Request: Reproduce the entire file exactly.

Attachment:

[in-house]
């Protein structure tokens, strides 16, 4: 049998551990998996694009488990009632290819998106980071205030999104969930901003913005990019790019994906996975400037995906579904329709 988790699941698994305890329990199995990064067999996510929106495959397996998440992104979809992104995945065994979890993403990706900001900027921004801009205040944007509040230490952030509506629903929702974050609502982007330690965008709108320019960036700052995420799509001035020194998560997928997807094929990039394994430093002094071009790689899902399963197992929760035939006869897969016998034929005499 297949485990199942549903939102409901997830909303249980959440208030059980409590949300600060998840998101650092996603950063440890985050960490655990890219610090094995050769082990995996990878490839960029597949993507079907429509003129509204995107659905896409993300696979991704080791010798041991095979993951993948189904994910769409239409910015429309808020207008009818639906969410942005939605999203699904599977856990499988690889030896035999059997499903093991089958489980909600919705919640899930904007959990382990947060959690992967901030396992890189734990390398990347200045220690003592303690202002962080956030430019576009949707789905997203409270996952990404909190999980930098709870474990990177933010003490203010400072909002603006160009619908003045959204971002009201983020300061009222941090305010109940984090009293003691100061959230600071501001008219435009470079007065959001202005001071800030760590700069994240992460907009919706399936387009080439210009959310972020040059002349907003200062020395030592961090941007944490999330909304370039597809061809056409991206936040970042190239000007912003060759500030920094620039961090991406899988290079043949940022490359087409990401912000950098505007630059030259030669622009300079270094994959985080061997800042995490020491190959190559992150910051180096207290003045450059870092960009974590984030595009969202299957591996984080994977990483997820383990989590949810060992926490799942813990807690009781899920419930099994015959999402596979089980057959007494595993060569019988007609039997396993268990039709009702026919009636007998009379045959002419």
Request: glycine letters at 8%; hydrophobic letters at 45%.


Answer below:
[in-house]
């Protein structure tokens, strides 16, 4: 049998551990998996694009488990009632290819998106980071205030999104969930901003913005990019790019994906996975400037995906579904329709 988790699941698994305890329990199995990064067999996510929106495959397996998440992104979809992104995945065994979890993403990706900001900027921004801009205040944007509040230490952030509506629903929702974050609502982007330690965008709108320019960036700052995420799509001035020194998560997928997807094929990039394994430093002094071009790689899902399963197992929760035939006869897969016998034929005499 297949485990199942549903939102409901997830909303249980959440208030059980409590949300600060998840998101650092996603950063440890985050960490655990890219610090094995050769082990995996990878490839960029597949993507079907429509003129509204995107659905896409993300696979991704080791010798041991095979993951993948189904994910769409239409910015429309808020207008009818639906969410942005939605999203699904599977856990499988690889030896035999059997499903093991089958489980909600919705919640899930904007959990382990947060959690992967901030396992890189734990390398990347200045220690003592303690202002962080956030430019576009949707789905997203409270996952990404909190999980930098709870474990990177933010003490203010400072909002603006160009619908003045959204971002009201983020300061009222941090305010109940984090009293003691100061959230600071501001008219435009470079007065959001202005001071800030760590700069994240992460907009919706399936387009080439210009959310972020040059002349907003200062020395030592961090941007944490999330909304370039597809061809056409991206936040970042190239000007912003060759500030920094620039961090991406899988290079043949940022490359087409990401912000950098505007630059030259030669622009300079270094994959985080061997800042995490020491190959190559992150910051180096207290003045450059870092960009974590984030595009969202299957591996984080994977990483997820383990989590949810060992926490799942813990807690009781899920419930099994015959999402596979089980057959007494595993060569019988007609039997396993268990039709009702026919009636007998009379045959002419």
Request: glycine letters at 8%; hydrophobic letters at 45%.